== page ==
Report: The Cowsills Live in Indian Lake, OH


July 9, at the Old
Field Beach State Park, the beloved family combo toast their song-titling namesake.


Text/Photos by Steven Rosen

“Well, that was a first. We’ve never performed that song looking
directly at Indian Lake before.”


Bob Cowsill said that as the crowd, in summer wear and
bathing suits, surged and cheered on the open field at Old Field Beach State
Park at Indian Lake, on the western side of Ohio. Quite a few had arrived by
boat, having anchored at the beach. The hot sun was bearing down on them, which
somehow seemed to improve their mood. This was a perfect summer day, a perfect
summer event.


The Cowsills had just opened their concert with a rousing
version of “Indian Lake,” a Top Ten hit in 1968. For the locals at the Chamber
of Commerce’s annual Party at the Beach, it was an acknowledgement of past
glories – not just of a time when the clean-cut Cowsills were America’s
favorite family band, but also when Indian Lake (and the nearby town of
Russell’s Point) was a Midwest tourist resort, famous for its Sandy Beach
Amusement Park with its dance pavilion and 2,000-foot-long roller coaster. (It
was demolished in 1982 after decades of decline.) It was hard to judge crowd
size, given the spread-out nature, but it could have been around 1,000. An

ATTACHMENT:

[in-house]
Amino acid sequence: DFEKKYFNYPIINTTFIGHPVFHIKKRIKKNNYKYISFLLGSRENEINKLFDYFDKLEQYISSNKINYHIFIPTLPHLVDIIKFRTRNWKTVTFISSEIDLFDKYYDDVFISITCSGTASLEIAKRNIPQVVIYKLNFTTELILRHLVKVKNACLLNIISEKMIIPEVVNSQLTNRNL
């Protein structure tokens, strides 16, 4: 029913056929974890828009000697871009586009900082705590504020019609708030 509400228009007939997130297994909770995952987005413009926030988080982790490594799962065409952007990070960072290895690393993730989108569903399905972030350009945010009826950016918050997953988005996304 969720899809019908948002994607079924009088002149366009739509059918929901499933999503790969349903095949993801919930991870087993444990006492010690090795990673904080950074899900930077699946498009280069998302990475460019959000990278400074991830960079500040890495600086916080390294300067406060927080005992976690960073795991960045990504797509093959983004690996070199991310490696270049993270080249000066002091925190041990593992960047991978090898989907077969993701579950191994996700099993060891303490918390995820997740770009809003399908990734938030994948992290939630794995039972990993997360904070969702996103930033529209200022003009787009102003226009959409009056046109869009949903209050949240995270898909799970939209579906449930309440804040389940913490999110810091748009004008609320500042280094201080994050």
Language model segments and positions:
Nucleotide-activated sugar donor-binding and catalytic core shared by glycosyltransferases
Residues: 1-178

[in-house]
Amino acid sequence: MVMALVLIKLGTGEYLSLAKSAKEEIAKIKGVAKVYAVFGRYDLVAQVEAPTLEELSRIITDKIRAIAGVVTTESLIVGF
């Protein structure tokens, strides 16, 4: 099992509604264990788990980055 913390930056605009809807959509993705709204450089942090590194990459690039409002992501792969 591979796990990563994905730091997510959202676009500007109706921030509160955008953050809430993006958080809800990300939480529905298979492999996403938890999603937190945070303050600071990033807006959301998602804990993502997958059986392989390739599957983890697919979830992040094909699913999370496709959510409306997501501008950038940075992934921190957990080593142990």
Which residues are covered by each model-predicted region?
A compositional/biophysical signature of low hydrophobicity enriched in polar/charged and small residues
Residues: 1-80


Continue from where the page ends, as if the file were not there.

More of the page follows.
anonymous local donor had paid to bring the Cowsills there for the event.


The Cowsills at Indian Lake were two brothers – Bob, 61, and
Paul, 59 – and 52-year-old sister Susan, who has her own budding career as an
Americana-oriented singer-songwriter. But at their peak, back in the day, they
consisted of those three plus brothers Bill, Barry and John and their mother,
Barbara. They were just kids – Boomer teens and younger – on tour with mom and managed
by their dad, a Navy careerist.


It is far from certain the song “Indian Lake” was named for
the lake. It was written by Tony Romeo, a pop songsmith who also wrote “I Think
I Love You” for the Partridge Family (more about them later) and had a thing
for forced rhyming (“Indian Lake is a
scene you should make with your little one”)
and catchy melodies. But the
Cowsills began their career in Canton, Ohio, around the start of the 1960s. And
though they were living in Newport, R.I., when their hits started, Ohio can
claim them.


Summertime, USA, is filled with small-town outdoor fairs and
parties that proudly book 1960s or 1970s oldies acts to play hits (often
without any original members) and meet and greet the locals. Such shows are
often slick, kitschy and soulless.


But the Cowsills show was different. First, because they
were (and still are) family, there’s meaning and feeling in the performance and
the interaction between the three singers. (The back-up band, too, is family –
Paul’s two sons Brendan and Ryan on guitar and keyboards, Susan’s husband Russ
Broussard on drums. The bass player, Mary Lasseigne, is introduced by Bob as
“sister” so she doesn’t feel out of place.)


There’s also poignancy and currency to being on the road
now. A new documentary, Family Band: The
Cowsills Story,
is just beginning to make the rounds of film festivals this